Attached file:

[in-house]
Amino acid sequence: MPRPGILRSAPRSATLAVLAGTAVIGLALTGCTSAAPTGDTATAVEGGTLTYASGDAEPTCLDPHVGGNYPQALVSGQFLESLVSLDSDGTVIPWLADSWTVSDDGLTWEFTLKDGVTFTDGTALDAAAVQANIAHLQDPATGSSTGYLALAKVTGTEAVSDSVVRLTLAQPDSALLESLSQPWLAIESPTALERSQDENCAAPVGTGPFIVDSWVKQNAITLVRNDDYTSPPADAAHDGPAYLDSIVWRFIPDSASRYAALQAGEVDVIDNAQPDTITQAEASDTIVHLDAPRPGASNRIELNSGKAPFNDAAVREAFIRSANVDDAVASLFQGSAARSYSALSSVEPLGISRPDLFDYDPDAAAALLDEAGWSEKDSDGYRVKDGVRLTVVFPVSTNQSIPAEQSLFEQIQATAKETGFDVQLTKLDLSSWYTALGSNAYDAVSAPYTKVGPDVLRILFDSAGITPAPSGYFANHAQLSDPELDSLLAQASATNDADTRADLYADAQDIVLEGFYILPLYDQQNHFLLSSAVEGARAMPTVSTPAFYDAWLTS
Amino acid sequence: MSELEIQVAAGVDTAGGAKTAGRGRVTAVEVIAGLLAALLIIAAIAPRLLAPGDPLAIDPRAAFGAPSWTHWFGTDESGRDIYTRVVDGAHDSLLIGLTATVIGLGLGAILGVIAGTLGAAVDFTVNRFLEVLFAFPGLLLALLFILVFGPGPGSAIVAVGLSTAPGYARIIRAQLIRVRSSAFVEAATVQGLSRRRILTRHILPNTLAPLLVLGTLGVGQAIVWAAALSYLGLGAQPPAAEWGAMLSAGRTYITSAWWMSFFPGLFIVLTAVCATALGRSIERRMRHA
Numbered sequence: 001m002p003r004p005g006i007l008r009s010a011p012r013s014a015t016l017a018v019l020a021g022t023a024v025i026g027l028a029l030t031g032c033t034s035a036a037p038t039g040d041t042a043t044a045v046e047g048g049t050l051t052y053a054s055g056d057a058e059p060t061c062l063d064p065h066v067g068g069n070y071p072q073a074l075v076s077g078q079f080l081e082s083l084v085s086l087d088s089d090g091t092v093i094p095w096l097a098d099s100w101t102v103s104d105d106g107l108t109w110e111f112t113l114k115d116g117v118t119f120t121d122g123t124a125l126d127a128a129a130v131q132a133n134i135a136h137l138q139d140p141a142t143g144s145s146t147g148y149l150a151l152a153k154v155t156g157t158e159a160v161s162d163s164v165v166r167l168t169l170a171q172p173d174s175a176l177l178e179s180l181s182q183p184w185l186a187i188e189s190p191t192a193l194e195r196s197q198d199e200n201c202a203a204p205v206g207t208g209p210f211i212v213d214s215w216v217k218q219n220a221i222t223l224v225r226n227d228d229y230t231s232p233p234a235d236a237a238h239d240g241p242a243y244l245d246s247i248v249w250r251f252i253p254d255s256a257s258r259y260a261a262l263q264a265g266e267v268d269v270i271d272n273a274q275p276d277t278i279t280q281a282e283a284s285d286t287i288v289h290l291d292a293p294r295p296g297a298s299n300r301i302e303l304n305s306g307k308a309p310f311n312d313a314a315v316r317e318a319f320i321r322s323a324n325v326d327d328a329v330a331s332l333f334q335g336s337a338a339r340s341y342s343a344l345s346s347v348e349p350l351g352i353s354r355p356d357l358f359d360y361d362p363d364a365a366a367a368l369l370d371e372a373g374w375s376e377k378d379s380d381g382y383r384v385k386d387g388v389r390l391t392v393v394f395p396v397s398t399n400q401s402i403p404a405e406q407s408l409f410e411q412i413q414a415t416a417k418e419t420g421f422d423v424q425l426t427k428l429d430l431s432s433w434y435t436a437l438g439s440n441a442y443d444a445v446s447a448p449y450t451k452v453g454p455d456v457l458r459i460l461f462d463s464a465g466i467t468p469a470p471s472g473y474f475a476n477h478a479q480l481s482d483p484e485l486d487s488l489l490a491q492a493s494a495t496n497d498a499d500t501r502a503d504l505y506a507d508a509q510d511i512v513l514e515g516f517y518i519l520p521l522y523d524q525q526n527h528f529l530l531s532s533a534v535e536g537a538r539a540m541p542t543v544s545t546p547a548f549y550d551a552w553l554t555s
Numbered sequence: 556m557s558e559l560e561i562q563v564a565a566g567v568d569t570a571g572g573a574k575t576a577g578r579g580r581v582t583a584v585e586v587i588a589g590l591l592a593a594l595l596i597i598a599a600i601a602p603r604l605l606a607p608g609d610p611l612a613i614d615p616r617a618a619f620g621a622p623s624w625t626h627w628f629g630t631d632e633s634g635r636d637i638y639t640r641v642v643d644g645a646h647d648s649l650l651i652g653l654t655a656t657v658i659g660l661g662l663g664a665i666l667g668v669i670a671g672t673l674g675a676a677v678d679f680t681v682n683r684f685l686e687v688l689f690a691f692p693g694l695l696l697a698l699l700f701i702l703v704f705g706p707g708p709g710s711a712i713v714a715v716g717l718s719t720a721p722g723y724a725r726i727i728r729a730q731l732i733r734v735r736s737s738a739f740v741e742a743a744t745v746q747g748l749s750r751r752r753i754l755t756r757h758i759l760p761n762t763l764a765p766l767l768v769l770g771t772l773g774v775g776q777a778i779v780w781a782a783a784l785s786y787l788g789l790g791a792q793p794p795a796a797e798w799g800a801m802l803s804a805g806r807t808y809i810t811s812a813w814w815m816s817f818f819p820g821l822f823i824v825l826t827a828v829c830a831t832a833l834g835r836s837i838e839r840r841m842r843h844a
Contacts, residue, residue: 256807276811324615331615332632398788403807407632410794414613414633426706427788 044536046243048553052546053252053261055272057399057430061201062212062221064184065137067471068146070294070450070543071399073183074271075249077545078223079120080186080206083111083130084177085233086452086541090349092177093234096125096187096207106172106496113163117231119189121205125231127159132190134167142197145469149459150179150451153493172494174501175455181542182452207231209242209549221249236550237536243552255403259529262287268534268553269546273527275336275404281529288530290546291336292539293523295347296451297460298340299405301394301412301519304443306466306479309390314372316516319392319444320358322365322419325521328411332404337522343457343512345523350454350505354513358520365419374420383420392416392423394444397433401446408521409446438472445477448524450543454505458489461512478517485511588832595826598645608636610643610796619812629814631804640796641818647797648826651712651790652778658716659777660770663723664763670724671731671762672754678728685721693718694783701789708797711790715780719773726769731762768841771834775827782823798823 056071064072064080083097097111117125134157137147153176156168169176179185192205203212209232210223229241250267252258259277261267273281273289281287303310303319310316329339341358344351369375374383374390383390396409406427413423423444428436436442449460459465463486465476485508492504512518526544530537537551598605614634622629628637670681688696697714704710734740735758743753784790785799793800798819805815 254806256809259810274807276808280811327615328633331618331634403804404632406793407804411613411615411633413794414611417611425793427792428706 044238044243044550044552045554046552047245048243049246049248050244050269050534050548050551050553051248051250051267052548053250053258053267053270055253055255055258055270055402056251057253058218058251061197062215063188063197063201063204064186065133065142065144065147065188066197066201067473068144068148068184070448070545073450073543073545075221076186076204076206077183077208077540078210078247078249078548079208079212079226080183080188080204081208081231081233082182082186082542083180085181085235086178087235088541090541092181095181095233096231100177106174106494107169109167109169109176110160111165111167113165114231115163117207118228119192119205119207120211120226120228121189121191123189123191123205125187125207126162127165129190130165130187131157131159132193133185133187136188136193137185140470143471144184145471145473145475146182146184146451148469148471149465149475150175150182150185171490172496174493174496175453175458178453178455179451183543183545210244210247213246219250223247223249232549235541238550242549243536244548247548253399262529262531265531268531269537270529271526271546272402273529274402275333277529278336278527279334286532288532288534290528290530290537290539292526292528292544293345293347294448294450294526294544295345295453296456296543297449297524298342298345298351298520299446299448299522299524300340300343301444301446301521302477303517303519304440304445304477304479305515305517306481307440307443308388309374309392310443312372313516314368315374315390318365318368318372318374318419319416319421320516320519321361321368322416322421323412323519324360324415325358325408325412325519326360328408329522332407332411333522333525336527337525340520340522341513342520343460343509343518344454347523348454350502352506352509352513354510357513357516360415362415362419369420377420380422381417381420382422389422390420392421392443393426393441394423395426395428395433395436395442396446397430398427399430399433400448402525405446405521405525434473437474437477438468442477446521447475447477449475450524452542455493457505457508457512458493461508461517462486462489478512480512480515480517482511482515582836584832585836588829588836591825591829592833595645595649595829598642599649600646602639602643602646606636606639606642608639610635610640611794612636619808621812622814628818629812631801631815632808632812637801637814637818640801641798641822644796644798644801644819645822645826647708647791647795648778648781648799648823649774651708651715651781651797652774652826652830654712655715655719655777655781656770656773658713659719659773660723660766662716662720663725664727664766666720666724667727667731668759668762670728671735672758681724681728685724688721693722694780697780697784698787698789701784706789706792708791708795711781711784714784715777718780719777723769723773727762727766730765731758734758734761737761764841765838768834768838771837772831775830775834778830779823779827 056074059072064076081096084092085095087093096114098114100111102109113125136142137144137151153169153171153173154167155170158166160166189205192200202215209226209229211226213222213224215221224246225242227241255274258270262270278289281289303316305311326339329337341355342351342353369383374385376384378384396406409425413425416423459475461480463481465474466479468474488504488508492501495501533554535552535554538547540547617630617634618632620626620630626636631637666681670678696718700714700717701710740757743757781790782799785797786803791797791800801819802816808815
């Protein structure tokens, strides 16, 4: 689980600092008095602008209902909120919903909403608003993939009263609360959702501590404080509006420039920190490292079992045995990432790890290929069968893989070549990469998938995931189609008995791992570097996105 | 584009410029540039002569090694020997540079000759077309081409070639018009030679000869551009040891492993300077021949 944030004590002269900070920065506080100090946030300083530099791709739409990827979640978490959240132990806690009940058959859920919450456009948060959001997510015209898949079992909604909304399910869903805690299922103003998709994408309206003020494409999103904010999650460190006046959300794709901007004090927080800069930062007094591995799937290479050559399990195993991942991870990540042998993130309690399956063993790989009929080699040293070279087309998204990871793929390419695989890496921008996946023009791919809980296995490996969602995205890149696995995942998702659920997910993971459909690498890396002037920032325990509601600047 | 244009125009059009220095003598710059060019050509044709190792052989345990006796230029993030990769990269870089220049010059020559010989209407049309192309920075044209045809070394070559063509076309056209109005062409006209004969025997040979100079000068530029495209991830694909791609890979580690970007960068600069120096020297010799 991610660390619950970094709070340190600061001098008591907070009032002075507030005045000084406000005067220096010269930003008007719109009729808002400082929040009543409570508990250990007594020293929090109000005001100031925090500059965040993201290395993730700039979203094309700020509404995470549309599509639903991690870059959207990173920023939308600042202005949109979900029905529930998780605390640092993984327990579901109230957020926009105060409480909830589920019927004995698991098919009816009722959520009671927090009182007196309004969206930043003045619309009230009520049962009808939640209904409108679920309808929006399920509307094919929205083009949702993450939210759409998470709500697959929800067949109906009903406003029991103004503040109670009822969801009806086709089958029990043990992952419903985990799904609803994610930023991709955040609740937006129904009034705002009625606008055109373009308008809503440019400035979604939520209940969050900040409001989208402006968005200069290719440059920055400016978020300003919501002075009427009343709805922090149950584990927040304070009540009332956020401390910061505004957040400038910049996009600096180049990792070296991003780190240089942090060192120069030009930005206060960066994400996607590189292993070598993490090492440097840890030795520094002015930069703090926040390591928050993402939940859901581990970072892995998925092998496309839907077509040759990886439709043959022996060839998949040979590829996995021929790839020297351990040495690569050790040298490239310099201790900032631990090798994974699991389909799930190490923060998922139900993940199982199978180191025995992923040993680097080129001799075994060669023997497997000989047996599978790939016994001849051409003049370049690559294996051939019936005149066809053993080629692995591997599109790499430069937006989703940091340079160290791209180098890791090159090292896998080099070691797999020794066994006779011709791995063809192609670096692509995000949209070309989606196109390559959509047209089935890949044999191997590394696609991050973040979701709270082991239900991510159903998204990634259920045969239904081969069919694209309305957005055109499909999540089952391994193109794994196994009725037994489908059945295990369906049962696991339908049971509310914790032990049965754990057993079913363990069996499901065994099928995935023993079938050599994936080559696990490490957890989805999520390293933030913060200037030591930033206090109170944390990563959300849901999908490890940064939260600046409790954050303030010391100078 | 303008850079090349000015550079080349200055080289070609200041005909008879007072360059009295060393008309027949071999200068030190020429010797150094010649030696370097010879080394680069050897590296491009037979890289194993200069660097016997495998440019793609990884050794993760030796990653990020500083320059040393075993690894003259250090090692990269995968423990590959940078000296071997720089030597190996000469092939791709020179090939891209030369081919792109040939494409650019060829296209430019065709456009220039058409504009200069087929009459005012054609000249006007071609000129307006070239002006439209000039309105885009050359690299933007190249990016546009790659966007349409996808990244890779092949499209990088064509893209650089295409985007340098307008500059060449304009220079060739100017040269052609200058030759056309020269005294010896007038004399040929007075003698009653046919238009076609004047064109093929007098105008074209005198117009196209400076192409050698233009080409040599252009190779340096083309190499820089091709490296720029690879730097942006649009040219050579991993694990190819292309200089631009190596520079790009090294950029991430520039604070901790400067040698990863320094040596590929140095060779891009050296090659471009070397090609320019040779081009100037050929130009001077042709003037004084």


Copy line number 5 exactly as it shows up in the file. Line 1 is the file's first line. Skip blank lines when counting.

Numbered sequence: 556m557s558e559l560e561i562q563v564a565a566g567v568d569t570a571g572g573a574k575t576a577g578r579g580r581v582t583a584v585e586v587i588a589g590l591l592a593a594l595l596i597i598a599a600i601a602p603r604l605l606a607p608g609d610p611l612a613i614d615p616r617a618a619f620g621a622p623s624w625t626h627w628f629g630t631d632e633s634g635r636d637i638y639t640r641v642v643d644g645a646h647d648s649l650l651i652g653l654t655a656t657v658i659g660l661g662l663g664a665i666l667g668v669i670a671g672t673l674g675a676a677v678d679f680t681v682n683r684f685l686e687v688l689f690a691f692p693g694l695l696l697a698l699l700f701i702l703v704f705g706p707g708p709g710s711a712i713v714a715v716g717l718s719t720a721p722g723y724a725r726i727i728r729a730q731l732i733r734v735r736s737s738a739f740v741e742a743a744t745v746q747g748l749s750r751r752r753i754l755t756r757h758i759l760p761n762t763l764a765p766l767l768v769l770g771t772l773g774v775g776q777a778i779v780w781a782a783a784l785s786y787l788g789l790g791a792q793p794p795a796a797e798w799g800a801m802l803s804a805g806r807t808y809i810t811s812a813w814w815m816s817f818f819p820g821l822f823i824v825l826t827a828v829c830a831t832a833l834g835r836s837i838e839r840r841m842r843h844a